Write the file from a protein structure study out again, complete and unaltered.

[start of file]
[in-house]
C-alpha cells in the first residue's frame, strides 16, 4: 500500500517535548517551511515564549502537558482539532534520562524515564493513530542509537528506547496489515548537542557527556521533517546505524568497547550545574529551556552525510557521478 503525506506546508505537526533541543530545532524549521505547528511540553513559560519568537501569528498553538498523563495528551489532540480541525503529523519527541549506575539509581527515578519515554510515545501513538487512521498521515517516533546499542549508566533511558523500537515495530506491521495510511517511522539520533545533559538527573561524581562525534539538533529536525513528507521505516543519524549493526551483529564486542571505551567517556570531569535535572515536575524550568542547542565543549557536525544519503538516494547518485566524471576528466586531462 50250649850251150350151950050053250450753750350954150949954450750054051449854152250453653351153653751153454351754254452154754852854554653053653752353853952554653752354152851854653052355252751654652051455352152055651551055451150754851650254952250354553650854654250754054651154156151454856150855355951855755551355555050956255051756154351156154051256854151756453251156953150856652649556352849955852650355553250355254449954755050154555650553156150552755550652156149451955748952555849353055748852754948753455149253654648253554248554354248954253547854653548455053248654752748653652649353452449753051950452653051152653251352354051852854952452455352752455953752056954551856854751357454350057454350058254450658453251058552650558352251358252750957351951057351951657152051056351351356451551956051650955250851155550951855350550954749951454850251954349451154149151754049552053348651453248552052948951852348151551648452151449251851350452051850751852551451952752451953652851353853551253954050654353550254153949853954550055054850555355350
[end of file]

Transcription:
[in-house]
C-alpha cells in the first residue's frame, strides 16, 4: 500500500517535548517551511515564549502537558482539532534520562524515564493513530542509537528506547496489515548537542557527556521533517546505524568497547550545574529551556552525510557521478 503525506506546508505537526533541543530545532524549521505547528511540553513559560519568537501569528498553538498523563495528551489532540480541525503529523519527541549506575539509581527515578519515554510515545501513538487512521498521515517516533546499542549508566533511558523500537515495530506491521495510511517511522539520533545533559538527573561524581562525534539538533529536525513528507521505516543519524549493526551483529564486542571505551567517556570531569535535572515536575524550568542547542565543549557536525544519503538516494547518485566524471576528466586531462 50250649850251150350151950050053250450753750350954150949954450750054051449854152250453653351153653751153454351754254452154754852854554653053653752353853952554653752354152851854653052355252751654652051455352152055651551055451150754851650254952250354553650854654250754054651154156151454856150855355951855755551355555050956255051756154351156154051256854151756453251156953150856652649556352849955852650355553250355254449954755050154555650553156150552755550652156149451955748952555849353055748852754948753455149253654648253554248554354248954253547854653548455053248654752748653652649353452449753051950452653051152653251352354051852854952452455352752455953752056954551856854751357454350057454350058254450658453251058552650558352251358252750957351951057351951657152051056351351356451551956051650955250851155550951855350550954749951454850251954349451154149151754049552053348651453248552052948951852348151551648452151449251851350452051850751852551451952752451953652851353853551253954050654353550254153949853954550055054850555355350